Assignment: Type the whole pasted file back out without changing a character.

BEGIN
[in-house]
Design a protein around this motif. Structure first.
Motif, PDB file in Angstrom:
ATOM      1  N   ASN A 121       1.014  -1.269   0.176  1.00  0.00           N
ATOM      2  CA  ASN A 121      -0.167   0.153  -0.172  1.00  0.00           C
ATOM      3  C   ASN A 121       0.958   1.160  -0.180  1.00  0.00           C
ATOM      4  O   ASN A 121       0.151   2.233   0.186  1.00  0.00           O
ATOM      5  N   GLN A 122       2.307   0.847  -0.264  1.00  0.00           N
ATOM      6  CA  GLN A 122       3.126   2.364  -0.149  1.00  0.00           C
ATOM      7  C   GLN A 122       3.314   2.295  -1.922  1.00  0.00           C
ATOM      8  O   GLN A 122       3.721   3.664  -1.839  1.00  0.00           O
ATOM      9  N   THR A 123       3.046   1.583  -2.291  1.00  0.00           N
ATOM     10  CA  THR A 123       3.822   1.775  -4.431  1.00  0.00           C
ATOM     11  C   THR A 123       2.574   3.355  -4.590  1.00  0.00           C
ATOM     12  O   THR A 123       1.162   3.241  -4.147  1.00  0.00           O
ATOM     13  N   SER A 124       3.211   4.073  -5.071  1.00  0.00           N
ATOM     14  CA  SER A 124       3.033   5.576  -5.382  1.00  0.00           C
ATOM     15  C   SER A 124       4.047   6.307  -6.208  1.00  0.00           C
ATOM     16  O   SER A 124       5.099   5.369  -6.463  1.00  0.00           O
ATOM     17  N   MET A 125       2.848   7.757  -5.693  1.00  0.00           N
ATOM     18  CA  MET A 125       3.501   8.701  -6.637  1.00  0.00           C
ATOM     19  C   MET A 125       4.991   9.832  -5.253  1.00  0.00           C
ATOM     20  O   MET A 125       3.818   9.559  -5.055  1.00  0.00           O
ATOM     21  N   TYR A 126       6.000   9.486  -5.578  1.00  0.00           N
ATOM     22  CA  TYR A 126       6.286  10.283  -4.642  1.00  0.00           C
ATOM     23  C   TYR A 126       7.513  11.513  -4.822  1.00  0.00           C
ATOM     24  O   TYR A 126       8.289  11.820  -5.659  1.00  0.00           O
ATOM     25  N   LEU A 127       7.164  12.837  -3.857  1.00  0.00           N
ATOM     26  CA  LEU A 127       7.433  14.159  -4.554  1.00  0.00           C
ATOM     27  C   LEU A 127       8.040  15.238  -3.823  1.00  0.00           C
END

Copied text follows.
[in-house]
Design a protein around this motif. Structure first.
Motif, PDB file in Angstrom:
ATOM      1  N   ASN A 121       1.014  -1.269   0.176  1.00  0.00           N
ATOM      2  CA  ASN A 121      -0.167   0.153  -0.172  1.00  0.00           C
ATOM      3  C   ASN A 121       0.958   1.160  -0.180  1.00  0.00           C
ATOM      4  O   ASN A 121       0.151   2.233   0.186  1.00  0.00           O
ATOM      5  N   GLN A 122       2.307   0.847  -0.264  1.00  0.00           N
ATOM      6  CA  GLN A 122       3.126   2.364  -0.149  1.00  0.00           C
ATOM      7  C   GLN A 122       3.314   2.295  -1.922  1.00  0.00           C
ATOM      8  O   GLN A 122       3.721   3.664  -1.839  1.00  0.00           O
ATOM      9  N   THR A 123       3.046   1.583  -2.291  1.00  0.00           N
ATOM     10  CA  THR A 123       3.822   1.775  -4.431  1.00  0.00           C
ATOM     11  C   THR A 123       2.574   3.355  -4.590  1.00  0.00           C
ATOM     12  O   THR A 123       1.162   3.241  -4.147  1.00  0.00           O
ATOM     13  N   SER A 124       3.211   4.073  -5.071  1.00  0.00           N
ATOM     14  CA  SER A 124       3.033   5.576  -5.382  1.00  0.00           C
ATOM     15  C   SER A 124       4.047   6.307  -6.208  1.00  0.00           C
ATOM     16  O   SER A 124       5.099   5.369  -6.463  1.00  0.00           O
ATOM     17  N   MET A 125       2.848   7.757  -5.693  1.00  0.00           N
ATOM     18  CA  MET A 125       3.501   8.701  -6.637  1.00  0.00           C
ATOM     19  C   MET A 125       4.991   9.832  -5.253  1.00  0.00           C
ATOM     20  O   MET A 125       3.818   9.559  -5.055  1.00  0.00           O
ATOM     21  N   TYR A 126       6.000   9.486  -5.578  1.00  0.00           N
ATOM     22  CA  TYR A 126       6.286  10.283  -4.642  1.00  0.00           C
ATOM     23  C   TYR A 126       7.513  11.513  -4.822  1.00  0.00           C
ATOM     24  O   TYR A 126       8.289  11.820  -5.659  1.00  0.00           O
ATOM     25  N   LEU A 127       7.164  12.837  -3.857  1.00  0.00           N
ATOM     26  CA  LEU A 127       7.433  14.159  -4.554  1.00  0.00           C
ATOM     27  C   LEU A 127       8.040  15.238  -3.823  1.00  0.00           C